But, what happens  if  the two soul mates cannot enjoy their love despite the force of  their magnetic attraction, for any reason? In Wuthering Heights , Catherine finds her soul mate in Heathcliff. She is well aware of that, in fact, she refers to him saying :“I am Heathcliff” or even more: “He is more myself than I am”. Rules of society forbids a connection to somebody so below to her station, hence, she yields to those rules, marrying the best catch the marriage market offered, Edgar Linton, who is even a good sort of man, but he is not her half. The comparison between the two men is merciless: Catherine compares the intensity of  her feelings for Edgar to images like “moonbeam” and “frost” while her love for Heathcliff takes the form of “lightening” and “fire”. Marrying Edgar, the tension between the two halves Catherine and Heathcliff, who remain close but cannot complete each other, becomes toxic and will inevitably lead to a tragic outcome.

A soul marriage doesn’t provoke any such tragedies. It cannot fear anything according to Donne, even a long separation. It is steadfast love. In his poem “Valediction : Forbidding Mourning”, which was written for his wife Anne before he left on a trip to Europe, Donne tells his wife that theirs is not a real separation , because their love is spiritual and transcendent, they are soul mates, and soul mates are always connected: a connection of minds rather than bodies. So there is no need to cry. Those who believe that love corresponds to physical attraction, those “dull sublunary lovers” cannot admit absence, because they love the body. Hence, if the body has to leave they cannot any longer have love, so let them cry.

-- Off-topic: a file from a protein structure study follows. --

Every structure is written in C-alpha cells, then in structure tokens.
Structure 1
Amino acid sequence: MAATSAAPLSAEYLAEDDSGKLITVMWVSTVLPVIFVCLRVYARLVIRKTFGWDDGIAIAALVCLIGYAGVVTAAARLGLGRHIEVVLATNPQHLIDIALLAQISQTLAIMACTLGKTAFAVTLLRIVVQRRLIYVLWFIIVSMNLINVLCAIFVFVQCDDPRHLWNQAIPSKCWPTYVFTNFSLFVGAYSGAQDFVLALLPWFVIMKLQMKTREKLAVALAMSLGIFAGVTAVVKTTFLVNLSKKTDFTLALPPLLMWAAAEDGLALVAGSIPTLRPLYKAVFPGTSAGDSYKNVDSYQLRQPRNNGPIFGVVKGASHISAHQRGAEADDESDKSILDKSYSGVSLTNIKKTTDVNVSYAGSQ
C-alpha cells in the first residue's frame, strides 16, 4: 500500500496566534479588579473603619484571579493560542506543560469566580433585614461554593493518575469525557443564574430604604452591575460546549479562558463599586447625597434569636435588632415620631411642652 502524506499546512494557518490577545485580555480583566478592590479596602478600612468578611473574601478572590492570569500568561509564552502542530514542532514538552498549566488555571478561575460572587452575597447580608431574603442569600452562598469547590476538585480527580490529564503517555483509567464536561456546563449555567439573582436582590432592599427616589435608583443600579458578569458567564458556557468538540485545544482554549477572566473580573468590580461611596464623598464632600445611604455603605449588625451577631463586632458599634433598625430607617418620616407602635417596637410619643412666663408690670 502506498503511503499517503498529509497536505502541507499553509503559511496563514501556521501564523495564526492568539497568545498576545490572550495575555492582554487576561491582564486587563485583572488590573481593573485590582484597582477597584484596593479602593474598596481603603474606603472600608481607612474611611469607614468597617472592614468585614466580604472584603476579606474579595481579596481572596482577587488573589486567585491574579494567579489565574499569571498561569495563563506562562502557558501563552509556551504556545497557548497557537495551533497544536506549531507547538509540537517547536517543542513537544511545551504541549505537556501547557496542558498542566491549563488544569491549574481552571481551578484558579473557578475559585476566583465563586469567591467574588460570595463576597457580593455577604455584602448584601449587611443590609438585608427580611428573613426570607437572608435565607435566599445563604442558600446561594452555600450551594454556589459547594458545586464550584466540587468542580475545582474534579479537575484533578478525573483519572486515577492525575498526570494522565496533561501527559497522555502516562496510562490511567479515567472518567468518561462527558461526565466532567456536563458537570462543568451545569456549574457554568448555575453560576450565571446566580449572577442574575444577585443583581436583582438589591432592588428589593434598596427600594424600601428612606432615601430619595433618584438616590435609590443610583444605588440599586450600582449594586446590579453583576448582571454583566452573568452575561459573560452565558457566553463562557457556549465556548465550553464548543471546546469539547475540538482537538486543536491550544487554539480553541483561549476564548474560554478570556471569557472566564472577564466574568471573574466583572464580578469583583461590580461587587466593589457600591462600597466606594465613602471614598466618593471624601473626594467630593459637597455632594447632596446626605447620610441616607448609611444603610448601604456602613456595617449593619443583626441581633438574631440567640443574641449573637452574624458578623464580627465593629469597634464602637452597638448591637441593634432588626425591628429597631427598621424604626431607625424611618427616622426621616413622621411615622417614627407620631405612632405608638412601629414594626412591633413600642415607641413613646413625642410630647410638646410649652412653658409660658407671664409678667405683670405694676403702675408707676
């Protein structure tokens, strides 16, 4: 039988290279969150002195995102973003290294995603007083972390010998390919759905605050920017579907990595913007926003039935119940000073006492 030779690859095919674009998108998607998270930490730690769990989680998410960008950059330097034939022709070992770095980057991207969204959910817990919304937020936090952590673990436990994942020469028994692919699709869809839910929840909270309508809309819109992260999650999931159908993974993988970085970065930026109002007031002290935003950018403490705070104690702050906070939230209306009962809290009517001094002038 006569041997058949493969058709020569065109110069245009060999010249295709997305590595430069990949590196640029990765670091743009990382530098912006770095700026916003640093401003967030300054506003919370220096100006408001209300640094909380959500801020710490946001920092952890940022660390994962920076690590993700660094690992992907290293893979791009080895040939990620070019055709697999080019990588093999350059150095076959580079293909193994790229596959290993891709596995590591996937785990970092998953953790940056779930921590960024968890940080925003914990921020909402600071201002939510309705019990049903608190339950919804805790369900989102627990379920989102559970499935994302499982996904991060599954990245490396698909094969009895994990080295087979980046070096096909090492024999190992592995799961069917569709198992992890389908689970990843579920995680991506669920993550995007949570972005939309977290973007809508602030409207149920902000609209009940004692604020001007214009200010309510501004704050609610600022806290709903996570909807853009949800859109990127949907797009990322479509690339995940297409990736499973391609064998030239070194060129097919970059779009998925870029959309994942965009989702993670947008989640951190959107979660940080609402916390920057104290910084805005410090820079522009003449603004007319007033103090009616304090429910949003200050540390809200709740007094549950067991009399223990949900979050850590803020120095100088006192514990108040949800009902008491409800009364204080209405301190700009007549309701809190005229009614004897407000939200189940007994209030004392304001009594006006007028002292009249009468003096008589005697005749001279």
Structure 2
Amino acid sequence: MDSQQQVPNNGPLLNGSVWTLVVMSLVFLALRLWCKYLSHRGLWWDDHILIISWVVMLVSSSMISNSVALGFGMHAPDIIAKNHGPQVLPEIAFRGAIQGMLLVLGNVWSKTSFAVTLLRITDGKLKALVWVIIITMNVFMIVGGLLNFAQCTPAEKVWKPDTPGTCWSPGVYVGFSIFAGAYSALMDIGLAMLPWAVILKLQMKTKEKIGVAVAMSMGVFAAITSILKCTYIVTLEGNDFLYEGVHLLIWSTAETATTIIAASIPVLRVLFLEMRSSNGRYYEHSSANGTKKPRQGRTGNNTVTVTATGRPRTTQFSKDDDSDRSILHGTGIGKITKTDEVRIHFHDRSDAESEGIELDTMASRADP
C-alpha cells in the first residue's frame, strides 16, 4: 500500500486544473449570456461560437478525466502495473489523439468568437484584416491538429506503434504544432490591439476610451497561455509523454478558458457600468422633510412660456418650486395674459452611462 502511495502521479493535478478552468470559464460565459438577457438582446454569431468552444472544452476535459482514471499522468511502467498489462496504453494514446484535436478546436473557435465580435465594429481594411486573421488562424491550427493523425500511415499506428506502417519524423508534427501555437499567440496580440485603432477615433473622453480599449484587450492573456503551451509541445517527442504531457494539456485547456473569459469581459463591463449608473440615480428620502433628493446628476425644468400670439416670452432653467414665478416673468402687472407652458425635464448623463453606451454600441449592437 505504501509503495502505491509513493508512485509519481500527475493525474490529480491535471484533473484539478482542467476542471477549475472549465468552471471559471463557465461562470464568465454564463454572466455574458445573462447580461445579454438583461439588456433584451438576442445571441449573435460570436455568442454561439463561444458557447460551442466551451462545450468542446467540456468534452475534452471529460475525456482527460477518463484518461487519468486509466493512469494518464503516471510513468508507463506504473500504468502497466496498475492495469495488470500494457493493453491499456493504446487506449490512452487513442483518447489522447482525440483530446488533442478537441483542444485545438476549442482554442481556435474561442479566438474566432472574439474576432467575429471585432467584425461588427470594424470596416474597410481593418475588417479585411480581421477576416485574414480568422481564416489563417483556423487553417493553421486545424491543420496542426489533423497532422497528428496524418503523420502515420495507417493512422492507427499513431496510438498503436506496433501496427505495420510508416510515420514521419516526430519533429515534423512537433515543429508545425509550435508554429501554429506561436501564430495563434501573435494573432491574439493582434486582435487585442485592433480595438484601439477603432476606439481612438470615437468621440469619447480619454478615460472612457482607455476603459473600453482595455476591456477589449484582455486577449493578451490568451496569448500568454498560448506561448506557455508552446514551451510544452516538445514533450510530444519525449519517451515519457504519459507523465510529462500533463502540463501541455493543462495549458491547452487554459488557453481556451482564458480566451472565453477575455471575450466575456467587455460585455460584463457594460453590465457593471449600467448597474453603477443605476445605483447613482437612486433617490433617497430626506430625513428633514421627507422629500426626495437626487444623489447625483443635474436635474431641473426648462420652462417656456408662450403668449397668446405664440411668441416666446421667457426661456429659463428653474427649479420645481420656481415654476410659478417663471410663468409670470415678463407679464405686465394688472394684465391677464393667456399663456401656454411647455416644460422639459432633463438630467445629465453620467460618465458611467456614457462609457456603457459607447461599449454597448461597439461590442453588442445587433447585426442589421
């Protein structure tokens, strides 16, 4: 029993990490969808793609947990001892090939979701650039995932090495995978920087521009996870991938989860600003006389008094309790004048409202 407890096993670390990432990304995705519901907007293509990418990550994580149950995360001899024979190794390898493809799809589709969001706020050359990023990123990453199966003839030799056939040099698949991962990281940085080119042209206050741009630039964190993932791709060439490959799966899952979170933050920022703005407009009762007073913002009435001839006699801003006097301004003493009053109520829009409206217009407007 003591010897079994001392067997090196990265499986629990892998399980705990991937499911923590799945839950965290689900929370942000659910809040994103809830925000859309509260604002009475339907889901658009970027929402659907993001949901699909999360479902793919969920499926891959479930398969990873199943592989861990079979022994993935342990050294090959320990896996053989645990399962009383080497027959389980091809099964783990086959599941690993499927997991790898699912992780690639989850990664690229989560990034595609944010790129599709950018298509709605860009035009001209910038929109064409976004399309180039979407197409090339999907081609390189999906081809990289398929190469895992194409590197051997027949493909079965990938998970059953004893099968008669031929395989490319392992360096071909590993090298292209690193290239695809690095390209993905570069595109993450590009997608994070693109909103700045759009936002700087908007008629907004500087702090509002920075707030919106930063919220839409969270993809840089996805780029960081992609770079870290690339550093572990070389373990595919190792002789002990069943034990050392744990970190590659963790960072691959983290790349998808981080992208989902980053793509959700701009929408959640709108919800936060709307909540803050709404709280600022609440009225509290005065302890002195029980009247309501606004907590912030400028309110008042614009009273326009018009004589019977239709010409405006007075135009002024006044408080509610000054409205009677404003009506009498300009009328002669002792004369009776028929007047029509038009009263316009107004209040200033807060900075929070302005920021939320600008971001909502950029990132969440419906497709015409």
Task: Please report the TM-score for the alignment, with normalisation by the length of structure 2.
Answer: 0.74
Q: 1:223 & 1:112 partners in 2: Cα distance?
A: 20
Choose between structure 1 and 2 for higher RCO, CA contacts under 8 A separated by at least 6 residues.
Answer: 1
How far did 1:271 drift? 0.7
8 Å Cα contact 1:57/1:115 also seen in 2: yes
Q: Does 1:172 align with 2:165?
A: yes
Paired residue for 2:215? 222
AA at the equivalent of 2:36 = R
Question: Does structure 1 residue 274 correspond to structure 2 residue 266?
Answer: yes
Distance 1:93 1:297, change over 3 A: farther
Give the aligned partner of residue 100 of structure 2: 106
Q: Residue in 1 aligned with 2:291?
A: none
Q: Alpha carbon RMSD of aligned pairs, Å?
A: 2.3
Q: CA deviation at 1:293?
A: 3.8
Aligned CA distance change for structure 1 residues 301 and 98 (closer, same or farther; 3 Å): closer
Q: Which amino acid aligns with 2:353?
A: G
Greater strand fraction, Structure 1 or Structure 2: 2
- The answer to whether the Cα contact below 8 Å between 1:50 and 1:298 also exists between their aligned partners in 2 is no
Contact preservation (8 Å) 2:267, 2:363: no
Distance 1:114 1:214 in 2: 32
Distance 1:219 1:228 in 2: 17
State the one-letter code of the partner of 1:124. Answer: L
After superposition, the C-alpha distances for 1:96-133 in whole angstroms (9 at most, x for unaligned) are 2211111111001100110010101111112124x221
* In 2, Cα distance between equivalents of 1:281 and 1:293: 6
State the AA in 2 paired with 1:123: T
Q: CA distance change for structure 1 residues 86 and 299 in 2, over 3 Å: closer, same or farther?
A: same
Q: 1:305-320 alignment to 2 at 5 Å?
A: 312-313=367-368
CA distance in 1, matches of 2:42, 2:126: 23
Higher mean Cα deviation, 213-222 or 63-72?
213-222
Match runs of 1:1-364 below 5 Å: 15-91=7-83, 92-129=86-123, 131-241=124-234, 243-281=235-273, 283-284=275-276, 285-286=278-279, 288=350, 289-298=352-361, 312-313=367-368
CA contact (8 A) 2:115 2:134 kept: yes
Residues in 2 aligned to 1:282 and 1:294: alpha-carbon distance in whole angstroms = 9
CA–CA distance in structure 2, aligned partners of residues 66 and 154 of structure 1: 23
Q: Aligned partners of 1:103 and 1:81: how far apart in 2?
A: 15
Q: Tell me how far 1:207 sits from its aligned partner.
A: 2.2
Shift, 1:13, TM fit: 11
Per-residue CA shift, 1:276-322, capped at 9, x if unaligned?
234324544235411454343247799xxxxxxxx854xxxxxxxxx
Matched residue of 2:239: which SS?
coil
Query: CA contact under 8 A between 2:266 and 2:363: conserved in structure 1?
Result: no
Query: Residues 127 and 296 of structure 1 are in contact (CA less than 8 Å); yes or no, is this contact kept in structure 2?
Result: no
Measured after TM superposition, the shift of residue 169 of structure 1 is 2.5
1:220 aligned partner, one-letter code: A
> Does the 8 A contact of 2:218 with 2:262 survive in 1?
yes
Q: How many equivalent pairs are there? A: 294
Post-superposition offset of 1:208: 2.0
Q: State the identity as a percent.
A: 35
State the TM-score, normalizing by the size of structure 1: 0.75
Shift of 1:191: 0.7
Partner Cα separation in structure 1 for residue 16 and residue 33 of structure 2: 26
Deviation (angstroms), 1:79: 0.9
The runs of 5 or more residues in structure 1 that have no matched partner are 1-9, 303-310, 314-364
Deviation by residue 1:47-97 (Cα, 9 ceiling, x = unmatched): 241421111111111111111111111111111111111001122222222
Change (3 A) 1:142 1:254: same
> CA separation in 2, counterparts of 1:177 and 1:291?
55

Dull sublunary lovers’ love
   (Whose soul is sense) cannot admit
Absence, because it doth remove
   Those things which elemented it.

But we, by a love so much refined
   That our selves know not what it is,
Inter-assured of the mind,
   Care less, eyes, lips, and hands to miss.

But his leaving cannot alter their love, because as she loves his mind, his mind cannot go away. It is ever present. Then he introduces one of the most convincing metaphor to describe how beautifully connected they are:  a compass. One leg of the compass  must be grounded to allow the other one to spread and go out to make a circle. So, the poet  says to his wife that to make a perfect circle he has to leave  and that the only way he can make that trip and come back is that she stays where she is. Because she grounds him.

And though it in the center sit,
   Yet when the other far doth roam,
It leans, and hearkens after it,
   And grows erect, as that comes home
.

Such wilt thou be to me, who must,
   Like the other foot, obliquely run;
Thy firmness makes my circle just,
   And makes me end where I begun.

Theorem

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There is a song here in Italy that somehow is considered the bible on the nature of love. It dates back to the early nineties of last century, and since then, generations of Italian lovers of every age can’t help but muse on those lines of wisdom, particularly when a love affair bitterly comes to an end. “What did that Marco Ferradini say?” ” Take a woman, treat her badly………ahhh, I should have followed his advice!” I know that from these few  words you might jump to the conclusion that this song is a plea for the macho cause, but it is not. The subject is: women. What do women want? What can a man do to make a woman love him? The main narrating voice, who very likely, has been recently dumped, tells his friend his ideas on love and women, a theorem, in fact: